I’d never dined at the fantastical Inn at Little Washington until this month, but its existence has held a mythological presence in my life since childhood. As a kid in Maryland who was fascinated with food, every year I anticipated Washingtonian magazine’s 100 Very Best Restaurants list; it was always the focus of the January issue and showed up on newsstands around the holidays. I’d turn the pages slowly, mapping in my head the places I might one day visit in Washington D.C. and the two states that surround it.
The Inn at Little Washington seemed the most unattainable of them all — a fortress of opulence, modeled after a European country retreat in a tiny town 70 miles outside D.C. Patrick O’Connell began the restaurant in a converted garage in 1978 with then-partner Reinhardt Lynch. Over the years he’s hosted the Queen of England among a roster of royals, celebrities, and politicos. The Inn still hovers at the top of D.C. restaurant lists, and in its 40th year it just earned its third Michelin star. It’s an anomaly in America, a literal destination that remains relevant through its timelessness.
So I finally went a couple of weeks ago. As a critic who relishes every stratum of dining in every conceivable kind of environment, I’m also a Gen-Xer whose parents treated my brother and me to occasional, transformational meals in fancy Continental restaurants. I’m hard-wired to enjoy a certain kind of throwback luxury. Which is to say that the audacious sumptuousness of the Inn’s decor felt to me at once overwhelming and maybe a little silly but also deeply thrilling. I can’t conceive of the mind that mixed and matched patterns and textures and shapes in ways that both please and tease the brain. (My friend David Hagedorn described the setting in a 2015 review with way more justice than I can muster; he pulls out words like “passementerie” and “jabots.”)
Two of us settled into a sitting room before being shown to the table, for a glass of Champagne and bar snacks like olives, spiced pecans, and some candied pineapple that I can’t stop eating. Bites like potato chips with caviar appeared. Then came a basket of gougères, those warhorse hors d’oeuvres from another era made of choux pastry and Gruyere. Thing is? I’m not sure I’ve ever had better gougères — they were hot and tenuous and yet full of richness. Each lasted no longer than a passing thought. It turns out I can be entirely won over on the strength of a cheese puff.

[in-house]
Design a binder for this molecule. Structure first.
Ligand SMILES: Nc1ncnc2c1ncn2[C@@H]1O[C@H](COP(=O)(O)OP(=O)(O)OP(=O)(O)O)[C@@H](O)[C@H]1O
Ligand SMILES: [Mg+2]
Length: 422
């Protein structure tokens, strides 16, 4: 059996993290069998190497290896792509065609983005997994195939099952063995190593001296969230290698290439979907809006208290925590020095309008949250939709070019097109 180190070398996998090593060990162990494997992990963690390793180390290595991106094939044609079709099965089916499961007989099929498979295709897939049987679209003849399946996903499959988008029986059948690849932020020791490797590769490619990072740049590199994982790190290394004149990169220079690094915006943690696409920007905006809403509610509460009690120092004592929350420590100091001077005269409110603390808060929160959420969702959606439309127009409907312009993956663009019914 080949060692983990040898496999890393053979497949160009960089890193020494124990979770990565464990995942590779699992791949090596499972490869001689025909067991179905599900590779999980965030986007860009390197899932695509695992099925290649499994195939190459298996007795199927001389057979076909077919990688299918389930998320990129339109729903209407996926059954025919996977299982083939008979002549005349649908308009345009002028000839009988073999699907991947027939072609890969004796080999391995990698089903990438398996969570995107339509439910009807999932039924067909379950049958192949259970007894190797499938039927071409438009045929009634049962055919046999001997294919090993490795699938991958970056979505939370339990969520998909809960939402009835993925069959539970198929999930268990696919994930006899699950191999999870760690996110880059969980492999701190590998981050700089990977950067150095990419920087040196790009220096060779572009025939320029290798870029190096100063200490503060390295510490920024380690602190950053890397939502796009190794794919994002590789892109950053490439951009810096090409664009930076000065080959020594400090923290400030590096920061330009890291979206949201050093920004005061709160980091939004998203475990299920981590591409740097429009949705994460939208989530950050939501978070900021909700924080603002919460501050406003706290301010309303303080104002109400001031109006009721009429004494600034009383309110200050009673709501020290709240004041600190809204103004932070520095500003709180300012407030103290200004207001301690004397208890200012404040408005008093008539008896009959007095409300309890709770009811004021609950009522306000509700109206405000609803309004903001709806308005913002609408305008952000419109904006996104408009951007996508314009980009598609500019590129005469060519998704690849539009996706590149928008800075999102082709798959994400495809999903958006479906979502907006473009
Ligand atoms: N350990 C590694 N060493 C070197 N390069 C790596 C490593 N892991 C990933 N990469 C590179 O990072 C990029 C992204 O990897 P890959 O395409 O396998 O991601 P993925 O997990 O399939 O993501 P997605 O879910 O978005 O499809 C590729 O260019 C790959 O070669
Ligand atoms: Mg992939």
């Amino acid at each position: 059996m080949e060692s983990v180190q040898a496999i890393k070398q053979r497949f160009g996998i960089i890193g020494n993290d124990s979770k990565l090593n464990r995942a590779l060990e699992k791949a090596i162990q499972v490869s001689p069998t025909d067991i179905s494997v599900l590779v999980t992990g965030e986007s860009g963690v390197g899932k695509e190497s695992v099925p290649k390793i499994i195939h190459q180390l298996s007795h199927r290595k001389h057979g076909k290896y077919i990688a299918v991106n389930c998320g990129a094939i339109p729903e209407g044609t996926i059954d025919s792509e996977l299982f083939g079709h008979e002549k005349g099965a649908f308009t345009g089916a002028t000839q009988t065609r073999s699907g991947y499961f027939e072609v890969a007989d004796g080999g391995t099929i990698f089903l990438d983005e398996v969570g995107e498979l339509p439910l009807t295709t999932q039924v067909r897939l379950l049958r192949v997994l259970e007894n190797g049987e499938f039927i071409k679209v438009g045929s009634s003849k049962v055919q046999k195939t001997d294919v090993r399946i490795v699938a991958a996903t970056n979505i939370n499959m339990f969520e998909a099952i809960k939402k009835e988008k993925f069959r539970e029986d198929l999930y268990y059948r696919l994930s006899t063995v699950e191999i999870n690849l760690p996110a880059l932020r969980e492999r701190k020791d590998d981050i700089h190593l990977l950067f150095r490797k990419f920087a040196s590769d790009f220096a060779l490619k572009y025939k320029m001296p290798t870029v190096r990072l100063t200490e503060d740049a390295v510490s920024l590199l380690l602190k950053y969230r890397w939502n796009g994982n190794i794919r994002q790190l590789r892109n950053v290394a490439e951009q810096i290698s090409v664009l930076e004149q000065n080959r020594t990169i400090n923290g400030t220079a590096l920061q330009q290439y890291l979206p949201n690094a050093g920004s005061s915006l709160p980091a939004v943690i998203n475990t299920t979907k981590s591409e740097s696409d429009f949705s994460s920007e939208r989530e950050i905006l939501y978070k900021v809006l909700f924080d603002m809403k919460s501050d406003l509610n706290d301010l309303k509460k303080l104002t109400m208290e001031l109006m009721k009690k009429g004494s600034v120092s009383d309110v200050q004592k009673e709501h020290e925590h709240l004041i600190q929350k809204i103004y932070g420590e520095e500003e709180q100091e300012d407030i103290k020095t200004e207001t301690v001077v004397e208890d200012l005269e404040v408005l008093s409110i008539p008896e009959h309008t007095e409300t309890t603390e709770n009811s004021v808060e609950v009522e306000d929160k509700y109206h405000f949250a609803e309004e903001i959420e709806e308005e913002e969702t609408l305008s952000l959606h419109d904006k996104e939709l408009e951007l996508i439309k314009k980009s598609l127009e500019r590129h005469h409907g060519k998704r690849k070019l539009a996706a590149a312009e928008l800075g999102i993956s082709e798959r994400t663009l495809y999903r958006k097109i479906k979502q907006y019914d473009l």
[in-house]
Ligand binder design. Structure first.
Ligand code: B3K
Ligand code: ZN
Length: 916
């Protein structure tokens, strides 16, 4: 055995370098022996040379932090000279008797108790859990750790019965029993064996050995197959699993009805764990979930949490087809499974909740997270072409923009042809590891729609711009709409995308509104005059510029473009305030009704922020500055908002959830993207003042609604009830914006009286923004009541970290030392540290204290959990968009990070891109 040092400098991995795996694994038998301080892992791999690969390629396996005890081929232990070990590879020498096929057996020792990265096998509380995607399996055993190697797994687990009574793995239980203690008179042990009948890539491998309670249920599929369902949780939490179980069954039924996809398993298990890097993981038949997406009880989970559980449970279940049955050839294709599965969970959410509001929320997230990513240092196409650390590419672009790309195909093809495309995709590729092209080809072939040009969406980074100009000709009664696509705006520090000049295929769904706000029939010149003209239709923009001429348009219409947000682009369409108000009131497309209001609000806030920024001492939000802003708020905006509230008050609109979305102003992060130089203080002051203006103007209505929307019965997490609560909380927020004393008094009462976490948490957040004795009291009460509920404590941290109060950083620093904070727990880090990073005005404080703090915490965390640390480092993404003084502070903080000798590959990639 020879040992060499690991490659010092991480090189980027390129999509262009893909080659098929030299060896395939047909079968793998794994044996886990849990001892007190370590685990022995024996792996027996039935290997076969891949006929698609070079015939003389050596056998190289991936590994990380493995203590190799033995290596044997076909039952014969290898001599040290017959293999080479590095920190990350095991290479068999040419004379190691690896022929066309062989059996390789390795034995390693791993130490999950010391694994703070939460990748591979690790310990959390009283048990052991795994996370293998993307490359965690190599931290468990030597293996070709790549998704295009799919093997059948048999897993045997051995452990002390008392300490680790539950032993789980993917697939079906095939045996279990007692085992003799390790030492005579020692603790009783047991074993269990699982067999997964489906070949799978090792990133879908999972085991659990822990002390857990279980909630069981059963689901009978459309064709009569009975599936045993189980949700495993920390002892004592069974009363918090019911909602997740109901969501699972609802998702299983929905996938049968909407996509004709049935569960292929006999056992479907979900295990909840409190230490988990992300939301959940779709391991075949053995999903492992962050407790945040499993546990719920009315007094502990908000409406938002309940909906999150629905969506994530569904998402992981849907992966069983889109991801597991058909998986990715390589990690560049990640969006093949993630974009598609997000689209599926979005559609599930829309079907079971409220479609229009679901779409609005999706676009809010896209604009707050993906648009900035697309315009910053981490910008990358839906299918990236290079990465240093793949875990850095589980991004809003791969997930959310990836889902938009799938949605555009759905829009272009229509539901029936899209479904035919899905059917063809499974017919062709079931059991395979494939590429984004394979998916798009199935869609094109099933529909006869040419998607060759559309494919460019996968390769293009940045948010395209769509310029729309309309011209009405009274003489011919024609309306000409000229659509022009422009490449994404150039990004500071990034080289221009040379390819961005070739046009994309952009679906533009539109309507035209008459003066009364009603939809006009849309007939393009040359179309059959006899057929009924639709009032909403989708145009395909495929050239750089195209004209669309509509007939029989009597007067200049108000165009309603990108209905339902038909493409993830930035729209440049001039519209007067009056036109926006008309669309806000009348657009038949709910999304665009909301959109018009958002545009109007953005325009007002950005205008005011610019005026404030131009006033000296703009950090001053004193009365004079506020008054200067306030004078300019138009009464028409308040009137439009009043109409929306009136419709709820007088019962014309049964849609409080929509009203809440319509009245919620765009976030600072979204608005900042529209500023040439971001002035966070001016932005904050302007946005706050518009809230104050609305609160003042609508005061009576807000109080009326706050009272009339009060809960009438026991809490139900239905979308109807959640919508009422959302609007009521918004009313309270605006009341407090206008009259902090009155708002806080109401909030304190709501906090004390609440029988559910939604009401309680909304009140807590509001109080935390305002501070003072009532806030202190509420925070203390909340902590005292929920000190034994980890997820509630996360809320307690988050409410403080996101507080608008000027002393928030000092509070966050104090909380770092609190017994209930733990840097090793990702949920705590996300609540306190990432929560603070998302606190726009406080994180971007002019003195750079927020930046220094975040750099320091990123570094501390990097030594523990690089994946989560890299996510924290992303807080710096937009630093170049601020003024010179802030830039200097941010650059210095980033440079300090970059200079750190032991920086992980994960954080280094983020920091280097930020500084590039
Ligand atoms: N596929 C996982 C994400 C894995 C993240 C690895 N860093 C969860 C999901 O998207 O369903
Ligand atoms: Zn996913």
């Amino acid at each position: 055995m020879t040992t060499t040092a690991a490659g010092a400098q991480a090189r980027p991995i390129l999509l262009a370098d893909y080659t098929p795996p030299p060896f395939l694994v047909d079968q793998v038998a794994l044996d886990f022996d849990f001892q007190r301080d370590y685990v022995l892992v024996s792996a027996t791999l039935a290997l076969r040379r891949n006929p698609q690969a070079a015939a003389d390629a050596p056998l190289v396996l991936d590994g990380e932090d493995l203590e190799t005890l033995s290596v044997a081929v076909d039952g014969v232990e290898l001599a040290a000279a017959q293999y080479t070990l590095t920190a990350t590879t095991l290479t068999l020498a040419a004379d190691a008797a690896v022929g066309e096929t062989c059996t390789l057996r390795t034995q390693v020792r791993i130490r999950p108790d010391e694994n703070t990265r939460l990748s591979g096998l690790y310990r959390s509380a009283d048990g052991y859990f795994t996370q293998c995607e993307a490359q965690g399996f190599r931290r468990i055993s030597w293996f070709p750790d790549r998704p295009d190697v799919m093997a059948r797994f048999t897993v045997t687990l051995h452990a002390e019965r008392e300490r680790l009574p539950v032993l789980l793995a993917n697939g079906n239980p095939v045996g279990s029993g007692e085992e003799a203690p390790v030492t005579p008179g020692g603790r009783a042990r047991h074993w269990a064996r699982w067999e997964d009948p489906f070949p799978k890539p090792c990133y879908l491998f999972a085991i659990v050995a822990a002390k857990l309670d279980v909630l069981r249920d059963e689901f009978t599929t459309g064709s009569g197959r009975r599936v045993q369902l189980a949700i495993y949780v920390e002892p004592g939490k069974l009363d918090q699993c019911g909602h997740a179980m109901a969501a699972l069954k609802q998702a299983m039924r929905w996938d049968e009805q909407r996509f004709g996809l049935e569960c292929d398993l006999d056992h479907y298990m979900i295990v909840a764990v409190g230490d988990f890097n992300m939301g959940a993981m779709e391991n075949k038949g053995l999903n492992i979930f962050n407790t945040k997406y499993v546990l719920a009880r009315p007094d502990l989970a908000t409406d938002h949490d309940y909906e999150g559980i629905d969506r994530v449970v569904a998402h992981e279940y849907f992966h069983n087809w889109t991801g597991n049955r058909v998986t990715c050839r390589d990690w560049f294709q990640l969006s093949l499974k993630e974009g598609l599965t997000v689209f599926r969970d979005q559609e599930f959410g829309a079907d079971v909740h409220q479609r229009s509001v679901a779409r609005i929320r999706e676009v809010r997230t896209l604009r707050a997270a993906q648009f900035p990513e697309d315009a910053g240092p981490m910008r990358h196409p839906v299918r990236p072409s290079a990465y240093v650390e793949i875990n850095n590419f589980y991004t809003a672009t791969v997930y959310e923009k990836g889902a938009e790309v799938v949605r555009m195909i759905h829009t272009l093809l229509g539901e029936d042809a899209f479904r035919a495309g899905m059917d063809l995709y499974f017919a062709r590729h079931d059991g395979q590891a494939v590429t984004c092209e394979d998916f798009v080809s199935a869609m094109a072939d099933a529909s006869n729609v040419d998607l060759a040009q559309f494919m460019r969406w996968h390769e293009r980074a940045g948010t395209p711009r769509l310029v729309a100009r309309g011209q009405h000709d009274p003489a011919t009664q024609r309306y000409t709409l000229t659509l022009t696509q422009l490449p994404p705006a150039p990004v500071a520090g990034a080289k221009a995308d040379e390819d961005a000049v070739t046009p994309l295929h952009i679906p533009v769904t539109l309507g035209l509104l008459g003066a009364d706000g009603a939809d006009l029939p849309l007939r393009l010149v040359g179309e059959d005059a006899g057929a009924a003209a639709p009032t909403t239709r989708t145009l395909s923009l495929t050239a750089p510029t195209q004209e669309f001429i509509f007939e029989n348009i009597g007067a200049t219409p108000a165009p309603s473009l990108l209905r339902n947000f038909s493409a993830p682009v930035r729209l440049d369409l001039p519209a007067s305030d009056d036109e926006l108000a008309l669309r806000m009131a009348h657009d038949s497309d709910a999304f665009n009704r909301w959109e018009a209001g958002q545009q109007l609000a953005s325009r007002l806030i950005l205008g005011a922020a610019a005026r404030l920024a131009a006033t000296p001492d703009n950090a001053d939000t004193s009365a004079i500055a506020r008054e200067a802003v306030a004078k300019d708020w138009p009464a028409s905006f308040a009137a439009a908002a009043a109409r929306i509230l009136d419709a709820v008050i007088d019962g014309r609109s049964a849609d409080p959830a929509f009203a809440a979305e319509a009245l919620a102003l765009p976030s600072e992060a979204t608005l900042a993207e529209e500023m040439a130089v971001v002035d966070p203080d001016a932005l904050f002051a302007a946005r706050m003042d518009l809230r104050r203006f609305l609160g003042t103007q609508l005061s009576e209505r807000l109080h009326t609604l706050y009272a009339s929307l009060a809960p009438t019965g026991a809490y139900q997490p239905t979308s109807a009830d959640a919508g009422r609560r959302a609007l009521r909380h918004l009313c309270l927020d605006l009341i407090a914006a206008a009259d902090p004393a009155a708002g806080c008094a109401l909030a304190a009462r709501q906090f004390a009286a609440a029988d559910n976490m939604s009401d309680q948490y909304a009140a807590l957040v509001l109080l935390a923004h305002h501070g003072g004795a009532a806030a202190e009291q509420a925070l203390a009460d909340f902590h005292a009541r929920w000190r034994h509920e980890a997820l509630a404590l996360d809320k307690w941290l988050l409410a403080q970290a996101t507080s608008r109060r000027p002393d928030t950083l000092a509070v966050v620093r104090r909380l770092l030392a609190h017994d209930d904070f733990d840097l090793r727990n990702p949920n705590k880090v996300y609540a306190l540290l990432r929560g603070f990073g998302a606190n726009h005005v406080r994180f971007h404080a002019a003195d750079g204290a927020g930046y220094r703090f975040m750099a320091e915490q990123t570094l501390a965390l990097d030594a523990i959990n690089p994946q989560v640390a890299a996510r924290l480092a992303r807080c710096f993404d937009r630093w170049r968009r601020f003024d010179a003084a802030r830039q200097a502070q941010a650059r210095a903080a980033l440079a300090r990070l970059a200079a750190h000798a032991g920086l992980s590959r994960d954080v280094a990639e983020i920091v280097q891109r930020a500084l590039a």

The meal was lovely. It careened through dishes like lamb carpaccio with Caesar salad ice cream; scallops with a sauce of curry and Calvados swerved across the plate; grilled squab with foie gras, sour cherries, and caramelized endive; and veal tenderloin paired with ravioli filled with Taleggio in tomato cream. Cheese carts come and go from fashion; I like them and was happy to see a cheeky trolley with a cow’s head trundle over to the table.
The most daring part of dinner was dessert: peach mousse transformed by the modernist tricks of the pastry kitchen to closely resemble the fruit itself. It arrived set atop a circle of genoise and was served with a raspberry consommé to evoke the flavors of peach Melba. The dessert was christened “Do I Dare to Eat a Peach?” after a T.S. Eliot poem. I would not have been surprised to see it listed on the menu as “Call Me By Your Name.”
Patrick O’Connell is not Dominique Crenn or David Chang. For a subset of jaded, very well-fed food obsessives, eating at the Inn at Little Washington could feel regressive or dull. It isn’t cheap: A five-course tasting menu with plenty of extras costs $228 per person (and $238 per person on Saturday nights). But I’m so glad that I’ve now experienced it; for people who care about this level of dining in America, to me it remains a vital piece of the conversation for the hospitality and the setting’s now-rare lavishness and the care in the cooking.
I was staying with my parents in Maryland before heading down to D.C. and dinner at the Inn. My folks are planning their 50th anniversary next year; they’d never been to the Inn, either. As I was walking out the door my mother said, “I want a full report.” Mom, I think you’d love it.
Your roving critic,